Salt River Bay is a historically significant coastal habitat and an important part of the marine environment in the area. It is constantly changing, which contributes to its dynamic nature. The extensive mangrove forests that line the estuary serve as a buffer between the sea and the land, protecting juvenile fish and filtering runoff from the land.

The area is a major bird habitat, and is home to a variety of birds. The sea floor drops away quickly past the bay’s mouth, creating the deep Virgin Islands Basin and its coral-covered walls. At night, the bay’s surface features emit a glow in response to the activity of marine life. Many visitors to Salt River Bay seem to enjoy the Columbus Landing Beach, a sandy shore at the western mouth of the bay. This is an archaeological site where Columbus’s longboat landed in 1493, and where Fort Salé once stood. Today, the beach is not particularly attractive for swimming, but it is frequented by residents on weekends.

If you are visiting the Salt River Valley National Park, the National Park Service’s Salt River Visitor Contact Station is open from 9:30am to 4:30pm Tues.-Thurs. The November-June months are best for viewing the bay on the western side, in what was once a private home. The visitor center is difficult to find, but if you’re looking for views of the mouth of the bay, it’s well worth the effort. The museum also has exhibits about the human and natural history of the area.

To find the center of Route 801, turn onto the Salt River Bay marina and then look for the first road on your left. There is no sign indicating that there is a park nearby, so it is not paved. In about 100 yards, this road intersects with another road, also unpaved. Turn right and drive down the driveway to the visitors center. This is where the park sign is located inexplicably. If the station is closed when you visit, get a map and guide from the Christiansted National Historic Site and explore on your own.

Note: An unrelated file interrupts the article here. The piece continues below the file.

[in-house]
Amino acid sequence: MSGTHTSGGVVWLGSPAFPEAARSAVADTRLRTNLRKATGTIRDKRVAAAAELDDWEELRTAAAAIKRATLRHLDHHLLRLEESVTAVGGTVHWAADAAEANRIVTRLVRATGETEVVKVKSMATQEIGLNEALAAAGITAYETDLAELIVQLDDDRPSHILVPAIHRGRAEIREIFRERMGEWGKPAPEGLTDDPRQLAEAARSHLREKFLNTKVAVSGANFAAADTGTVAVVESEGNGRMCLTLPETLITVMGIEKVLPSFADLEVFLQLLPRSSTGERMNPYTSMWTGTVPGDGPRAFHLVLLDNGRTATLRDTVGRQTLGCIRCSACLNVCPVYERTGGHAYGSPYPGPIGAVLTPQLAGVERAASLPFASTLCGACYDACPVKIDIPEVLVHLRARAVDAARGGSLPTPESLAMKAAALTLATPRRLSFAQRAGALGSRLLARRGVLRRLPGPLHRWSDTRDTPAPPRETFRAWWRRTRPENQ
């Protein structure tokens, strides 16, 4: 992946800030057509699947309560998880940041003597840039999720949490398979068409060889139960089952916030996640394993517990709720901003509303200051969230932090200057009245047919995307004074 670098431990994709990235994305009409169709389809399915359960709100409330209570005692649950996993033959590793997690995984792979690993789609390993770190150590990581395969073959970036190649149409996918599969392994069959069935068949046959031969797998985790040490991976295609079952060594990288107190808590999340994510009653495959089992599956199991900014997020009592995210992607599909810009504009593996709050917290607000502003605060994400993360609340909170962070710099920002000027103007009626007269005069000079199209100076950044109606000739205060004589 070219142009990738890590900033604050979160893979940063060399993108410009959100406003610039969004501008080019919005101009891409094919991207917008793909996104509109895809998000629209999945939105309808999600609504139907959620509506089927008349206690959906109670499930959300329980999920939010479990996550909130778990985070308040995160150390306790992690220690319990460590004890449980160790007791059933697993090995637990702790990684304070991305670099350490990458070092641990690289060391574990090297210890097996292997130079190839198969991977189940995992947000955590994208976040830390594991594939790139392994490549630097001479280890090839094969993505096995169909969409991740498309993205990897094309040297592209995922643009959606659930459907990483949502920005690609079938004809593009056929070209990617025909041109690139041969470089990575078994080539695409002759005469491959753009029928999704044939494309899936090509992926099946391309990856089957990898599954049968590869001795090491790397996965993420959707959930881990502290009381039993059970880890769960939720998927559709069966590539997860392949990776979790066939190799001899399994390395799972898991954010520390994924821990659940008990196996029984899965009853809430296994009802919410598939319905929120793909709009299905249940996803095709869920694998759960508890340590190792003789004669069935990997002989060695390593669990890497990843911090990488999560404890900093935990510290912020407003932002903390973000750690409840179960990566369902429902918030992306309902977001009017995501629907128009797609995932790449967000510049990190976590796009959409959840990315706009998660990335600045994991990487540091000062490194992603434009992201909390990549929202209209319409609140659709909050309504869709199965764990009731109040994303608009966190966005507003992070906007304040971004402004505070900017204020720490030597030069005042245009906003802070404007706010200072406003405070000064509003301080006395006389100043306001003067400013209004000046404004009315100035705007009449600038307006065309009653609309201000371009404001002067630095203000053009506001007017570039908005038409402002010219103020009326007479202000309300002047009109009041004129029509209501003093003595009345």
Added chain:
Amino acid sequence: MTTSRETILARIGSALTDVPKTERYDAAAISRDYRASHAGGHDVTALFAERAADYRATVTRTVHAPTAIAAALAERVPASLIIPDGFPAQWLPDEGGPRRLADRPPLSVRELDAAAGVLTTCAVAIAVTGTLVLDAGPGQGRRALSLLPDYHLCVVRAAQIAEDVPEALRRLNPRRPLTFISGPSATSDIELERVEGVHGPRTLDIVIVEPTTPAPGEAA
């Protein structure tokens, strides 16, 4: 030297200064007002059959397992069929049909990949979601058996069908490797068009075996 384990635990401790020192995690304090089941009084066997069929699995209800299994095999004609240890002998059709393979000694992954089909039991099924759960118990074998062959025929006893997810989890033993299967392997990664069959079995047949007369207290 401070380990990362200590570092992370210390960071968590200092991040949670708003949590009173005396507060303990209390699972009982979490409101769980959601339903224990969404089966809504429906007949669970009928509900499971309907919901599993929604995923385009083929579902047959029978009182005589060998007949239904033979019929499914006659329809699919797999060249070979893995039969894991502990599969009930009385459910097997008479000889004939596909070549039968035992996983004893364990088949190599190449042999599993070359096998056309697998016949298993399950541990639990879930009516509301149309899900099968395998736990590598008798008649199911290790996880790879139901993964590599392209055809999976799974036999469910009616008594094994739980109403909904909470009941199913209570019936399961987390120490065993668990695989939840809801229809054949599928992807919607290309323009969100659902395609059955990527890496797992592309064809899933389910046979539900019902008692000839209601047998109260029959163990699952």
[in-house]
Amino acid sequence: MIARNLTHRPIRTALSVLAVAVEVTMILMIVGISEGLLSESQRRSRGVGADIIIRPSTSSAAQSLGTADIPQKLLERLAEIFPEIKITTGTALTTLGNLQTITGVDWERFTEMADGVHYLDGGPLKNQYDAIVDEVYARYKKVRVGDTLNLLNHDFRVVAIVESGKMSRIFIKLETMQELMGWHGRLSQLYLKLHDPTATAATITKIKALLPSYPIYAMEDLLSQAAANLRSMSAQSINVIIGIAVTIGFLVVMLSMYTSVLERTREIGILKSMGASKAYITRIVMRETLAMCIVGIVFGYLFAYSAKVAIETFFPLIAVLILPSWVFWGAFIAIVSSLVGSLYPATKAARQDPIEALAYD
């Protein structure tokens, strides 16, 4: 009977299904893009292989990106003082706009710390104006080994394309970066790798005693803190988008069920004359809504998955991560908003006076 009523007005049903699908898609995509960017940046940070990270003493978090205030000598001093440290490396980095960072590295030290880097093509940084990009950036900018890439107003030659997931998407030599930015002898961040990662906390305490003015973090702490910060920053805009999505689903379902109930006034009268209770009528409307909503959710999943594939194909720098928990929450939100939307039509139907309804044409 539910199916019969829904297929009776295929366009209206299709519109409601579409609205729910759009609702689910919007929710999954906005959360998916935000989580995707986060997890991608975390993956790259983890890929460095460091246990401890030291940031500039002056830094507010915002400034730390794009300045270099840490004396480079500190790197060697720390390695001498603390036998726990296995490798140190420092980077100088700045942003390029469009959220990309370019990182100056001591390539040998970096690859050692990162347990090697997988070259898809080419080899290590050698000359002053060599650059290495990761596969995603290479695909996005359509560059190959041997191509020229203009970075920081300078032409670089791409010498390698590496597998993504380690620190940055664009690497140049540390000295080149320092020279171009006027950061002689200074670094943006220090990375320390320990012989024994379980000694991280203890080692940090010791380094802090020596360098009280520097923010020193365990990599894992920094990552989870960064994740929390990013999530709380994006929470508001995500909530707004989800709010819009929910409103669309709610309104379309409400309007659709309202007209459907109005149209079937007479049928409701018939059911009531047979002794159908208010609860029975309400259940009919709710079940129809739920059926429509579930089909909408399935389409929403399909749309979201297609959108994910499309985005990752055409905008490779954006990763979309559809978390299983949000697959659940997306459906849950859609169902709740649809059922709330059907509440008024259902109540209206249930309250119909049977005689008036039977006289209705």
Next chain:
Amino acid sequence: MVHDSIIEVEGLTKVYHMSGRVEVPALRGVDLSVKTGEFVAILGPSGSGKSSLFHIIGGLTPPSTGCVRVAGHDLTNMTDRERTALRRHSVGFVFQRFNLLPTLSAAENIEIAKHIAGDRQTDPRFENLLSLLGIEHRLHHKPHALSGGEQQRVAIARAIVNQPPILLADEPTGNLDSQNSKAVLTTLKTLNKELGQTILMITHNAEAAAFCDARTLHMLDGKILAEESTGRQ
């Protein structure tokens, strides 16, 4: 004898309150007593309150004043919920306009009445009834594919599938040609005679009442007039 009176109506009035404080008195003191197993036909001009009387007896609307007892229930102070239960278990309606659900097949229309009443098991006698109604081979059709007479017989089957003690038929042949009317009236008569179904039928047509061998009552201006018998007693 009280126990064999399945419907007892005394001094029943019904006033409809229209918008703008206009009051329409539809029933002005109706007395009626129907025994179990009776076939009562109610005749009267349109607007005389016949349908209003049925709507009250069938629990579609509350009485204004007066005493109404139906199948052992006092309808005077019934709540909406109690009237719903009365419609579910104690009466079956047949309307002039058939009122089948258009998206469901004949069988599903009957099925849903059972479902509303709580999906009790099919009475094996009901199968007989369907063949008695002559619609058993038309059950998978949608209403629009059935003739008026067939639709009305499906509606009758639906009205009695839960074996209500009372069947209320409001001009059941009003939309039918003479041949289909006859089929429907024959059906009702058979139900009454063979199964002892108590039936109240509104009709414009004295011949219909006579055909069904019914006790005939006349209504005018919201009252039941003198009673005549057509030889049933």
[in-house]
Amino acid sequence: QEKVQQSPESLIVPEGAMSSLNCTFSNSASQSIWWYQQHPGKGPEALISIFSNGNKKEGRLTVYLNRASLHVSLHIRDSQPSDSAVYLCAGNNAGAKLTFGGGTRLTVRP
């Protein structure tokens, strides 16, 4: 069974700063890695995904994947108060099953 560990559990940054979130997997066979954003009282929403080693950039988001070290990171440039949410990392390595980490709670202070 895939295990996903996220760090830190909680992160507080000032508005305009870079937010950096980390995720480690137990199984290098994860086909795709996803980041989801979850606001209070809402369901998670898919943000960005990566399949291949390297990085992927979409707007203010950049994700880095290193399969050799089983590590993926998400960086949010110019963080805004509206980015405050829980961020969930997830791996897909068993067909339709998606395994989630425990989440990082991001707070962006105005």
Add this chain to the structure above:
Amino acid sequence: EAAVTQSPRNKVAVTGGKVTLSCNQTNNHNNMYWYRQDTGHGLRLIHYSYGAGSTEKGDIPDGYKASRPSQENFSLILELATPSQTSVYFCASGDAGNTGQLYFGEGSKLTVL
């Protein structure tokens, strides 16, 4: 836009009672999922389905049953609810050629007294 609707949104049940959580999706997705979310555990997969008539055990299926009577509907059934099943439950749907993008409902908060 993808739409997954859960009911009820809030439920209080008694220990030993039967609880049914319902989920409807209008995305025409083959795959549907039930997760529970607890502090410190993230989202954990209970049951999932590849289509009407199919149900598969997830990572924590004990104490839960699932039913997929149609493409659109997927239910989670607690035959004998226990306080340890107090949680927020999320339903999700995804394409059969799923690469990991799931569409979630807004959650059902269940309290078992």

Dry Tortugas National Park, Key West, Fla

Dry Tortugas National Park is located on the Dry Tortugas islands in southwestern Florida. It is a national park that is a must-see for anyone visiting the area. The islands are located west of Key West, Florida. Fort Jefferson National Monument was established in 1935 and covers an area of about 262 square kilometers.

The name of the city was adopted in 1992. The principal features of the park are its marine exhibit and the remains of fortifications built in 1846. Arid Tortugas, the last seven in a long line of coral islands (keys) and sandbars extending west into the Gulf of Mexico from Key West (Monroe County) at the tip of South Florida, USA. The Dry Tortugas National Park was established in 1992, consisting of the islands of Bush, East, Garden, Hospital, Loggerhead, Long, and Middle Keys, as well as Fort Jefferson, which was unfinished at the time. The park is located within the Florida Keys National Marine Sanctuary and features both land and water areas.

In 1513, Spanish explorer Juan Ponce de León discovered the islands and named them for the many tortoises that lived there. Later sailors added the exact adjective “dry”. A lighthouse was built on Garden Key in 1825, and another was built on the largest key, Loggerhead, in 1856. Fort Jefferson is one of the largest masonry forts in North America. The prison remained in Union hands during the American Civil War and remained in use until 1873. Among the prisoners was Samuel A. Mudd, the doctor convicted of conspiracy to assassinate President Abraham Lincoln by setting John Wilkes Booth’s broken leg.